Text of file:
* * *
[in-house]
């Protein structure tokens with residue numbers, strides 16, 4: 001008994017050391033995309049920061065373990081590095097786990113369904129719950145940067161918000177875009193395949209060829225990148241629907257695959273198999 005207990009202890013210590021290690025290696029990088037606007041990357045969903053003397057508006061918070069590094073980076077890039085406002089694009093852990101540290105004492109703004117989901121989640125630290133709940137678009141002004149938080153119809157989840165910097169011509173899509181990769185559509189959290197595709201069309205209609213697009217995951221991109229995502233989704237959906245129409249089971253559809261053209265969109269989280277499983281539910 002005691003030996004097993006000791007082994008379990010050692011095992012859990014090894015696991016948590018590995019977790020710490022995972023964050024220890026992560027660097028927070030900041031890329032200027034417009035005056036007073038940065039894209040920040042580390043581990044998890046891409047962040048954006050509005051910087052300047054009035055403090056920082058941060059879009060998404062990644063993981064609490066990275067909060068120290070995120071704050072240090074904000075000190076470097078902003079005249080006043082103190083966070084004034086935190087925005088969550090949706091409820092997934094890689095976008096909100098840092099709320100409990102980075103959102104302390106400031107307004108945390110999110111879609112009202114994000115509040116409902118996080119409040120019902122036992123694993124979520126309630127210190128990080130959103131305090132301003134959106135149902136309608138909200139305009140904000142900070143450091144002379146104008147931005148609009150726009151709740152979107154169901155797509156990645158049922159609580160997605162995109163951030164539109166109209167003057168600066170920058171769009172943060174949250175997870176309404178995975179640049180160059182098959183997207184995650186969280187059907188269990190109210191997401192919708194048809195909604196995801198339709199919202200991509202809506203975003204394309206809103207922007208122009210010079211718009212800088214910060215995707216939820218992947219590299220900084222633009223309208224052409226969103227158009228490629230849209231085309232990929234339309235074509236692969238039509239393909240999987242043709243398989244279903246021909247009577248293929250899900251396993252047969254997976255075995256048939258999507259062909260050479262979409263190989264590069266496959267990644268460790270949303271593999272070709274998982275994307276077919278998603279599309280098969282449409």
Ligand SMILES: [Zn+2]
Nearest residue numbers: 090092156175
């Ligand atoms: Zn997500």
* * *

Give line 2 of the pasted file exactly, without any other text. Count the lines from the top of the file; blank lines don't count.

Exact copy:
């Protein structure tokens with residue numbers, strides 16, 4: 001008994017050391033995309049920061065373990081590095097786990113369904129719950145940067161918000177875009193395949209060829225990148241629907257695959273198999 005207990009202890013210590021290690025290696029990088037606007041990357045969903053003397057508006061918070069590094073980076077890039085406002089694009093852990101540290105004492109703004117989901121989640125630290133709940137678009141002004149938080153119809157989840165910097169011509173899509181990769185559509189959290197595709201069309205209609213697009217995951221991109229995502233989704237959906245129409249089971253559809261053209265969109269989280277499983281539910 002005691003030996004097993006000791007082994008379990010050692011095992012859990014090894015696991016948590018590995019977790020710490022995972023964050024220890026992560027660097028927070030900041031890329032200027034417009035005056036007073038940065039894209040920040042580390043581990044998890046891409047962040048954006050509005051910087052300047054009035055403090056920082058941060059879009060998404062990644063993981064609490066990275067909060068120290070995120071704050072240090074904000075000190076470097078902003079005249080006043082103190083966070084004034086935190087925005088969550090949706091409820092997934094890689095976008096909100098840092099709320100409990102980075103959102104302390106400031107307004108945390110999110111879609112009202114994000115509040116409902118996080119409040120019902122036992123694993124979520126309630127210190128990080130959103131305090132301003134959106135149902136309608138909200139305009140904000142900070143450091144002379146104008147931005148609009150726009151709740152979107154169901155797509156990645158049922159609580160997605162995109163951030164539109166109209167003057168600066170920058171769009172943060174949250175997870176309404178995975179640049180160059182098959183997207184995650186969280187059907188269990190109210191997401192919708194048809195909604196995801198339709199919202200991509202809506203975003204394309206809103207922007208122009210010079211718009212800088214910060215995707216939820218992947219590299220900084222633009223309208224052409226969103227158009228490629230849209231085309232990929234339309235074509236692969238039509239393909240999987242043709243398989244279903246021909247009577248293929250899900251396993252047969254997976255075995256048939258999507259062909260050479262979409263190989264590069266496959267990644268460790270949303271593999272070709274998982275994307276077919278998603279599309280098969282449409």